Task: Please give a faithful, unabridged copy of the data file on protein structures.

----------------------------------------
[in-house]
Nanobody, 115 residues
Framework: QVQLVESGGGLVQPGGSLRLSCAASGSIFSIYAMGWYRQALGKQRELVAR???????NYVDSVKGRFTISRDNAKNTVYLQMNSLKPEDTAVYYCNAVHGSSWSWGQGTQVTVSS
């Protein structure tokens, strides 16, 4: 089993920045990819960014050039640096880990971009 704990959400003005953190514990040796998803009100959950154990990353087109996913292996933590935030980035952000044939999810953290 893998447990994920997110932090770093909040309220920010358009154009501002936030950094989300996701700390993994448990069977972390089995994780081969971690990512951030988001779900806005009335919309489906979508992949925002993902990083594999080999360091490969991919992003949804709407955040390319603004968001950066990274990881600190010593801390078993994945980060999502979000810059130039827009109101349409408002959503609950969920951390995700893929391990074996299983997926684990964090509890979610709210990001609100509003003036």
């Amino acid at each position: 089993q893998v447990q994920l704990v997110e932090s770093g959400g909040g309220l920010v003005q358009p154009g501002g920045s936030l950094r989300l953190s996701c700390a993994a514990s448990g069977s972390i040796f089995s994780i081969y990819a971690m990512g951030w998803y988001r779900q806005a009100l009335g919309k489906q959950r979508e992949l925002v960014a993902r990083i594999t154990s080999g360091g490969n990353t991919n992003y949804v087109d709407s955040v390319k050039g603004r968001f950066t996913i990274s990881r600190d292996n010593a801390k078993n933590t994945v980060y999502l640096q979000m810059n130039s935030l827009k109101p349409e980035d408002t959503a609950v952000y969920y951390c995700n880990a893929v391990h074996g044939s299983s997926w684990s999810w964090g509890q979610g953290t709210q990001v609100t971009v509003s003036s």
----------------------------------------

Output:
[in-house]
Nanobody, 115 residues
Framework: QVQLVESGGGLVQPGGSLRLSCAASGSIFSIYAMGWYRQALGKQRELVAR???????NYVDSVKGRFTISRDNAKNTVYLQMNSLKPEDTAVYYCNAVHGSSWSWGQGTQVTVSS
């Protein structure tokens, strides 16, 4: 089993920045990819960014050039640096880990971009 704990959400003005953190514990040796998803009100959950154990990353087109996913292996933590935030980035952000044939999810953290 893998447990994920997110932090770093909040309220920010358009154009501002936030950094989300996701700390993994448990069977972390089995994780081969971690990512951030988001779900806005009335919309489906979508992949925002993902990083594999080999360091490969991919992003949804709407955040390319603004968001950066990274990881600190010593801390078993994945980060999502979000810059130039827009109101349409408002959503609950969920951390995700893929391990074996299983997926684990964090509890979610709210990001609100509003003036």
């Amino acid at each position: 089993q893998v447990q994920l704990v997110e932090s770093g959400g909040g309220l920010v003005q358009p154009g501002g920045s936030l950094r989300l953190s996701c700390a993994a514990s448990g069977s972390i040796f089995s994780i081969y990819a971690m990512g951030w998803y988001r779900q806005a009100l009335g919309k489906q959950r979508e992949l925002v960014a993902r990083i594999t154990s080999g360091g490969n990353t991919n992003y949804v087109d709407s955040v390319k050039g603004r968001f950066t996913i990274s990881r600190d292996n010593a801390k078993n933590t994945v980060y999502l640096q979000m810059n130039s935030l827009k109101p349409e980035d408002t959503a609950v952000y969920y951390c995700n880990a893929v391990h074996g044939s299983s997926w684990s999810w964090g509890q979610g953290t709210q990001v609100t971009v509003s003036s």